1911 Encyclopædia Britannica/Olaus Magnus

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OLAUS MAGNUS, or Magni (Magnus, i.e. Stora, great, being the family name, and not a personal epithet), Swedish ecclesiastic and author, was born at Linköping in 1490 and died at Rome in 1558. Like his elder brother, Johannes Magnus, he obtained several ecclesiastical preferment's (a canonry at Upsala and at Linköping, and the archdeaconry of Strengnes), and was employed on various diplomatic services (such as a mission to Rome, from Gustavus I., to procure the appointment of Johannes Magnus as archbishop of Upsala); but on the success of the reformation in Sweden his attachment to the old church led him to accompany his brother into exile. Settling at Rome, from 1527, he acted as his brother's secretary, and ultimately became his successor in the (now titular) archbishopric of Upsala. Pope Paul III., in 1546, sent him to the council of Trent; later, he became canon of St Lambert in Liége; King Sigismund I. of Poland also offered him a canonry at Posen; but most of his life, after his brother's death, seems to have been spent in the monastery of St Brigitta in Rome, where he subsisted on a pension assigned him by the pope. He is best remembered as the author of the famous Historia de Gentibus Septentrionalibus (Rome, 1555), a work which long remained for the rest of Europe the chief authority on Swedish matters and is still a valuable repertory of much curious information in regard to Scandinavian customs and folk-lore.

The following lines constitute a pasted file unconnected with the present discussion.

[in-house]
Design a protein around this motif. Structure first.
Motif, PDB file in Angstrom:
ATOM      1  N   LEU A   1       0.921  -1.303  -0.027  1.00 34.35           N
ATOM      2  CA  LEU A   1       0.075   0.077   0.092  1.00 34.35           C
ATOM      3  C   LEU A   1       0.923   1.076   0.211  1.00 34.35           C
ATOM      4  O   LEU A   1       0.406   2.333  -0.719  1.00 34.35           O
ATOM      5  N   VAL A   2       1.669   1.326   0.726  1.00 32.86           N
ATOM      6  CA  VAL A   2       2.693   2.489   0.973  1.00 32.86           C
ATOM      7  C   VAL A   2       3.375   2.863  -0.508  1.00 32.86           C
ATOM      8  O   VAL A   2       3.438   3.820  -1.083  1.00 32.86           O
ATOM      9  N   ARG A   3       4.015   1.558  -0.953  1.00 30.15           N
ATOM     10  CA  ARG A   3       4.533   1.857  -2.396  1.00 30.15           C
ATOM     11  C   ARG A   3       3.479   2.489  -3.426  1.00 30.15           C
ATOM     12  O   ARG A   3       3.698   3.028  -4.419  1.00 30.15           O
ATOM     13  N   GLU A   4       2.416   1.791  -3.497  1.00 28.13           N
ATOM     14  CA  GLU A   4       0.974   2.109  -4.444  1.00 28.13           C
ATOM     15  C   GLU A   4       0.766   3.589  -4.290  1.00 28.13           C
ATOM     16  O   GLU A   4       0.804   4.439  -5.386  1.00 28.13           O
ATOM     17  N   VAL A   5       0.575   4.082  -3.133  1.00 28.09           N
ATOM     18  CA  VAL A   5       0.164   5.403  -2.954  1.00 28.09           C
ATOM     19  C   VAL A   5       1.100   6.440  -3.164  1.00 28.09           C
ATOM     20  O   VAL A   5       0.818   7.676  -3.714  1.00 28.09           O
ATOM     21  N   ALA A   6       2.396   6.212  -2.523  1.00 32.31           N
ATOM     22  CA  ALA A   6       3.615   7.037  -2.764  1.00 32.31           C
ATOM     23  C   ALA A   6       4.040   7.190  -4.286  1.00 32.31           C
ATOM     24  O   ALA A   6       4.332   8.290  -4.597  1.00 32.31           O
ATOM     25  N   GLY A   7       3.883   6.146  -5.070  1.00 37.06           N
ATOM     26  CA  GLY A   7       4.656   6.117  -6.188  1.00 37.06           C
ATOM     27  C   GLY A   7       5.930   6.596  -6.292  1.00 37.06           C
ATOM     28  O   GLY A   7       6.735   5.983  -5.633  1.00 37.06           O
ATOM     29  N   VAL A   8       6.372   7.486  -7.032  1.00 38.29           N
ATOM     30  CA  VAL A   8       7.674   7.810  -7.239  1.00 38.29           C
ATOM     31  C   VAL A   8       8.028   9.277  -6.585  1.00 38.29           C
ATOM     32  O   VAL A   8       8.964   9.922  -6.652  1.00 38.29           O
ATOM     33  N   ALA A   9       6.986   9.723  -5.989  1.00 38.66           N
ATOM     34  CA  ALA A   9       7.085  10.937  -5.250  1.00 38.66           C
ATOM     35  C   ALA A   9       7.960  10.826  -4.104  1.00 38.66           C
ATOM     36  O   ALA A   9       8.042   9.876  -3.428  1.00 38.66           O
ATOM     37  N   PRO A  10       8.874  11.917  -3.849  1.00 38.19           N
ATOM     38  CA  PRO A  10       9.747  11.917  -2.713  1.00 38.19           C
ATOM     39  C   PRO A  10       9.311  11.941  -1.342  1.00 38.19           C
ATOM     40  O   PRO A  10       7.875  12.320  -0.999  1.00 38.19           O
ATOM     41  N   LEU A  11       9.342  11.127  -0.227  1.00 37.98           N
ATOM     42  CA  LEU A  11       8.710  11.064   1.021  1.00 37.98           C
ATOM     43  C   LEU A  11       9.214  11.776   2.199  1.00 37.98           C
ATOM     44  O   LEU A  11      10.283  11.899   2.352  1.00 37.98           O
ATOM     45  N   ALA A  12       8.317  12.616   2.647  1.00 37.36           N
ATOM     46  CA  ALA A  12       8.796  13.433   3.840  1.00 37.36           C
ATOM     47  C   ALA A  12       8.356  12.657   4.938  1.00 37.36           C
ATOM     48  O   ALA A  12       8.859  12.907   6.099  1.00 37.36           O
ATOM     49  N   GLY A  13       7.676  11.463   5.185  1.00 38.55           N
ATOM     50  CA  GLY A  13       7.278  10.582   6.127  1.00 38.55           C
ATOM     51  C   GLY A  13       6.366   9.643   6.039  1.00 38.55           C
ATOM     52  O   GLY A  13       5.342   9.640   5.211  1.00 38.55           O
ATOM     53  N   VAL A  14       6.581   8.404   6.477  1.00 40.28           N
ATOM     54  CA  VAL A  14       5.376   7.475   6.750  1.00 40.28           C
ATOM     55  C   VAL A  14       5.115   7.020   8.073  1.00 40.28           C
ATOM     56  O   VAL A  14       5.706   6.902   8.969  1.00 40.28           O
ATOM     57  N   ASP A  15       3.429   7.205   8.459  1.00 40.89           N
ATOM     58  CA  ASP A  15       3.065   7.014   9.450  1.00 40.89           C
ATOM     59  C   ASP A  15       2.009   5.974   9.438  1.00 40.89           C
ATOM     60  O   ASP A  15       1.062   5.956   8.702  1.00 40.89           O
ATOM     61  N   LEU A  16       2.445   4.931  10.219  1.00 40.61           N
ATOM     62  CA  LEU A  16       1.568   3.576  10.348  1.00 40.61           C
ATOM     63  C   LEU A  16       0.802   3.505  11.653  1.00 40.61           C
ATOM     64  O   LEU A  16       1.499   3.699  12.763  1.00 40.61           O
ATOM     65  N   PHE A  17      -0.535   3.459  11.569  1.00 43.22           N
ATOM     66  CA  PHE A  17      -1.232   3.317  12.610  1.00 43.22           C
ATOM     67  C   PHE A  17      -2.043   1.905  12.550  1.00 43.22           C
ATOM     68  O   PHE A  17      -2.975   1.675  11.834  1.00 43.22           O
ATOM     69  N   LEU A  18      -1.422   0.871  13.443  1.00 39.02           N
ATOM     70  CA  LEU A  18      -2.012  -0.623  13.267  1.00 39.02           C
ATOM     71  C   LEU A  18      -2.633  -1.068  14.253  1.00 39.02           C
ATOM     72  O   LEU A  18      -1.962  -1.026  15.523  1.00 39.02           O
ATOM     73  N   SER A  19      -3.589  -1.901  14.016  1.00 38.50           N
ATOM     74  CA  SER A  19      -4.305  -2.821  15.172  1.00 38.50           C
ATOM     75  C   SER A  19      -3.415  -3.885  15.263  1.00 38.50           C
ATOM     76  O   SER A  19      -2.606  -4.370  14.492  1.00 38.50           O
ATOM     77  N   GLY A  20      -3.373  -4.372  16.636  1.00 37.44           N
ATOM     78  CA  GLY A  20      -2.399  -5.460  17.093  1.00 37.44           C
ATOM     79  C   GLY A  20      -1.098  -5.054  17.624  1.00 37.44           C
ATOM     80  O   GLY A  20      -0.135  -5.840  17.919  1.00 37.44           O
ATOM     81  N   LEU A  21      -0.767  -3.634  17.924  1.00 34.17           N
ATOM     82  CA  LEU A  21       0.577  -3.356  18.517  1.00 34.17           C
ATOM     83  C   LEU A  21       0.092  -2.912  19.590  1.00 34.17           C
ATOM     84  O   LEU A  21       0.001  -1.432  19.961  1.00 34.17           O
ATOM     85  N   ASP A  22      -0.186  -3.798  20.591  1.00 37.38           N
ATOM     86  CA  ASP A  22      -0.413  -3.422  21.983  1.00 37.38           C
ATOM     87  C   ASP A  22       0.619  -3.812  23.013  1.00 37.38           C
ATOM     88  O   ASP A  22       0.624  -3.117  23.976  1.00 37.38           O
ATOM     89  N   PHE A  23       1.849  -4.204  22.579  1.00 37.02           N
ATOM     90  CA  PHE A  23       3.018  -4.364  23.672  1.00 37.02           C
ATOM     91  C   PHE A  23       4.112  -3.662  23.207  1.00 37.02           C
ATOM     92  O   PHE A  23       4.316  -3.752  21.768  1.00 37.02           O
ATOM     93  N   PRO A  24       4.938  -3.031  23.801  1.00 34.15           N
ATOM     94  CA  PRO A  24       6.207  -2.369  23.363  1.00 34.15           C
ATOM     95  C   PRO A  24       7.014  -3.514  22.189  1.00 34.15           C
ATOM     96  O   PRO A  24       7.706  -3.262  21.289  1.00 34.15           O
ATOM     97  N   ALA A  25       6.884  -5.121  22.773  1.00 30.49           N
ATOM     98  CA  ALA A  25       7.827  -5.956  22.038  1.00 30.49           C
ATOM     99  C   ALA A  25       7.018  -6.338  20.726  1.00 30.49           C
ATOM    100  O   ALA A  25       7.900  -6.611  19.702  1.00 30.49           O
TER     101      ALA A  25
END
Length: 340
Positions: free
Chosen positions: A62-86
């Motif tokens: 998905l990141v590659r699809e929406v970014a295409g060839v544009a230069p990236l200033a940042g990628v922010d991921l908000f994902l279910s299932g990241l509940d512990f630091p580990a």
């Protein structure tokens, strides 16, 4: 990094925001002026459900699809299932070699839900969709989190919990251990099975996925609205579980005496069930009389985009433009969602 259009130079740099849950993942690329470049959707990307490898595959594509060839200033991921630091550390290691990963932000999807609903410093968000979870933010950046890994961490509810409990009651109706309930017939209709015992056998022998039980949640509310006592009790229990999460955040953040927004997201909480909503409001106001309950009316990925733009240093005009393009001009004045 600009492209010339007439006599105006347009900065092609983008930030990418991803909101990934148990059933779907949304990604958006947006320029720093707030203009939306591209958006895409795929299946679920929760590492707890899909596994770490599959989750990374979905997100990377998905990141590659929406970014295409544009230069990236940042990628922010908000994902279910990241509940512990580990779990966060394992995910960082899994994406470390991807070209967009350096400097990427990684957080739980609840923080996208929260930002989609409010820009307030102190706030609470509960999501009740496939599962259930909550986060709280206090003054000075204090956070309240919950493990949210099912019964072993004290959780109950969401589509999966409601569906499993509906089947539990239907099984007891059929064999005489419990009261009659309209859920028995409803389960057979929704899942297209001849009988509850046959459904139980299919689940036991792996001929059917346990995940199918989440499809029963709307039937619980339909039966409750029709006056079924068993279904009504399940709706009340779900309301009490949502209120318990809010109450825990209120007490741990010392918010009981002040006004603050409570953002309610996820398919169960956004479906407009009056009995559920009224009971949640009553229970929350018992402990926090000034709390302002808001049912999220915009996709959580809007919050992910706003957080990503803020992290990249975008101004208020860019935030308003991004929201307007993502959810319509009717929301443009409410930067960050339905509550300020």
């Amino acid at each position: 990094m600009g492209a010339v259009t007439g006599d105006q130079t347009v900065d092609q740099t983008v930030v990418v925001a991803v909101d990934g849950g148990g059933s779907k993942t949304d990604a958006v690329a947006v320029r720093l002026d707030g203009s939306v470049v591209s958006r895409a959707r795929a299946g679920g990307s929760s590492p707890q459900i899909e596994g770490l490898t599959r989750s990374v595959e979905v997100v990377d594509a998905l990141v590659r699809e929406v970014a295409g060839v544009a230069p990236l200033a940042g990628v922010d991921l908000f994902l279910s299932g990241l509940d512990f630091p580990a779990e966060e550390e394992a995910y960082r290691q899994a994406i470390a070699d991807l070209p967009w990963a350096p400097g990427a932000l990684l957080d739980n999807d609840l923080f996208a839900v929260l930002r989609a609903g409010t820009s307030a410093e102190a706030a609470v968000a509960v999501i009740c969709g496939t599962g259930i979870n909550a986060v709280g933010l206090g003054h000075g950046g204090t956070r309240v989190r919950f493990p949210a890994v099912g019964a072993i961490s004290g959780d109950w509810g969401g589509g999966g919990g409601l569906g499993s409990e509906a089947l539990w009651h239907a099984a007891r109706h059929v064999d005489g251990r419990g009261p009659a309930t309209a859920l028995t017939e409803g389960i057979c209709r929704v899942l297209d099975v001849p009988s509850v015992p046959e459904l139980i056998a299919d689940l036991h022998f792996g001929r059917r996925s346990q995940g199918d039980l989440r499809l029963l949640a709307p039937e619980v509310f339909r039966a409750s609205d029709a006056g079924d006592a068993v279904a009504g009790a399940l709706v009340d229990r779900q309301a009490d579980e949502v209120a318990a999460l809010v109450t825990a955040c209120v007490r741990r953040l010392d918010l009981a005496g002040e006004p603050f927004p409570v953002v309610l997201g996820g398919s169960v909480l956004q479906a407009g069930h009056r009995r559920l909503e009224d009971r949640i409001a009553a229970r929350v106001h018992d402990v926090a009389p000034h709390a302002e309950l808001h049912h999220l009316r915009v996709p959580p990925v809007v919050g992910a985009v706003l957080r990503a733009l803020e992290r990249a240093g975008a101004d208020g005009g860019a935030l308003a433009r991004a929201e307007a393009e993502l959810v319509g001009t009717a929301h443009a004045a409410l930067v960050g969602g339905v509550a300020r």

The Historia was translated into Italian (Venice, 1565), German (Strassburg, 1567), English (London, 1658) and Dutch (Amsterdam, 1665); abridgments of the work appeared also at Antwerp (1558 and 1562), Paris (a French abridged version, 1561), Amsterdam (1586), Frankfort (1618) and Leiden (1652). Olaus also wrote a Tabula terrarum septentrionalium . . . (Venice, 1539).